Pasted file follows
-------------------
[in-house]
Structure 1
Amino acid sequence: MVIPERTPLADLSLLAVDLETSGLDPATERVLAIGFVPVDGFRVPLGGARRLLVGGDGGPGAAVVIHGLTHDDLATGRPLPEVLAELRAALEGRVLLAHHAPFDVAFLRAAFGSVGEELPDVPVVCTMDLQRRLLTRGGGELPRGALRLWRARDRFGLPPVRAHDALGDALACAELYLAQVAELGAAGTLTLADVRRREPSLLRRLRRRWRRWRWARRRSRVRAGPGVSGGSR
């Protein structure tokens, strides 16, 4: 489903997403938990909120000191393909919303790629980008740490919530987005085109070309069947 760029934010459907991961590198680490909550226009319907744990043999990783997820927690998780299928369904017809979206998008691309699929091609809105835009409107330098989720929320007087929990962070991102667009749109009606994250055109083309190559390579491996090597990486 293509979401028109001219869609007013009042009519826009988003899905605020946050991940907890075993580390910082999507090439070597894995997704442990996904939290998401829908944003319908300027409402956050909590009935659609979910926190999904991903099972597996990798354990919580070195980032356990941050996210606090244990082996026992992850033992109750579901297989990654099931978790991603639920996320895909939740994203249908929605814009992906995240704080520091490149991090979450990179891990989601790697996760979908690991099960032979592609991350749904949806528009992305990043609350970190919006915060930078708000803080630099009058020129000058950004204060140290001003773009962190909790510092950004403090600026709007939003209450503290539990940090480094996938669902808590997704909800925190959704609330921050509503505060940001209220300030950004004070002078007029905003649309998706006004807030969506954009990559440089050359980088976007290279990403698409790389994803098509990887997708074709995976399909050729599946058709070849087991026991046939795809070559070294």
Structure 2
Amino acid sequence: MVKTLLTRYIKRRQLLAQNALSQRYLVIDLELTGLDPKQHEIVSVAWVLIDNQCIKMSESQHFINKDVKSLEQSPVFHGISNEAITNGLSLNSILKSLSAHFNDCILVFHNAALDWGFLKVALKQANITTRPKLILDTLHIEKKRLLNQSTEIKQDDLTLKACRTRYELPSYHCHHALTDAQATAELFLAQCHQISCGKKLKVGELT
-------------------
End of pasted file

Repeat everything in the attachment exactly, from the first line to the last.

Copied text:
[in-house]
Structure 1
Amino acid sequence: MVIPERTPLADLSLLAVDLETSGLDPATERVLAIGFVPVDGFRVPLGGARRLLVGGDGGPGAAVVIHGLTHDDLATGRPLPEVLAELRAALEGRVLLAHHAPFDVAFLRAAFGSVGEELPDVPVVCTMDLQRRLLTRGGGELPRGALRLWRARDRFGLPPVRAHDALGDALACAELYLAQVAELGAAGTLTLADVRRREPSLLRRLRRRWRRWRWARRRSRVRAGPGVSGGSR
């Protein structure tokens, strides 16, 4: 489903997403938990909120000191393909919303790629980008740490919530987005085109070309069947 760029934010459907991961590198680490909550226009319907744990043999990783997820927690998780299928369904017809979206998008691309699929091609809105835009409107330098989720929320007087929990962070991102667009749109009606994250055109083309190559390579491996090597990486 293509979401028109001219869609007013009042009519826009988003899905605020946050991940907890075993580390910082999507090439070597894995997704442990996904939290998401829908944003319908300027409402956050909590009935659609979910926190999904991903099972597996990798354990919580070195980032356990941050996210606090244990082996026992992850033992109750579901297989990654099931978790991603639920996320895909939740994203249908929605814009992906995240704080520091490149991090979450990179891990989601790697996760979908690991099960032979592609991350749904949806528009992305990043609350970190919006915060930078708000803080630099009058020129000058950004204060140290001003773009962190909790510092950004403090600026709007939003209450503290539990940090480094996938669902808590997704909800925190959704609330921050509503505060940001209220300030950004004070002078007029905003649309998706006004807030969506954009990559440089050359980088976007290279990403698409790389994803098509990887997708074709995976399909050729599946058709070849087991026991046939795809070559070294």
Structure 2
Amino acid sequence: MVKTLLTRYIKRRQLLAQNALSQRYLVIDLELTGLDPKQHEIVSVAWVLIDNQCIKMSESQHFINKDVKSLEQSPVFHGISNEAITNGLSLNSILKSLSAHFNDCILVFHNAALDWGFLKVALKQANITTRPKLILDTLHIEKKRLLNQSTEIKQDDLTLKACRTRYELPSYHCHHALTDAQATAELFLAQCHQISCGKKLKVGELT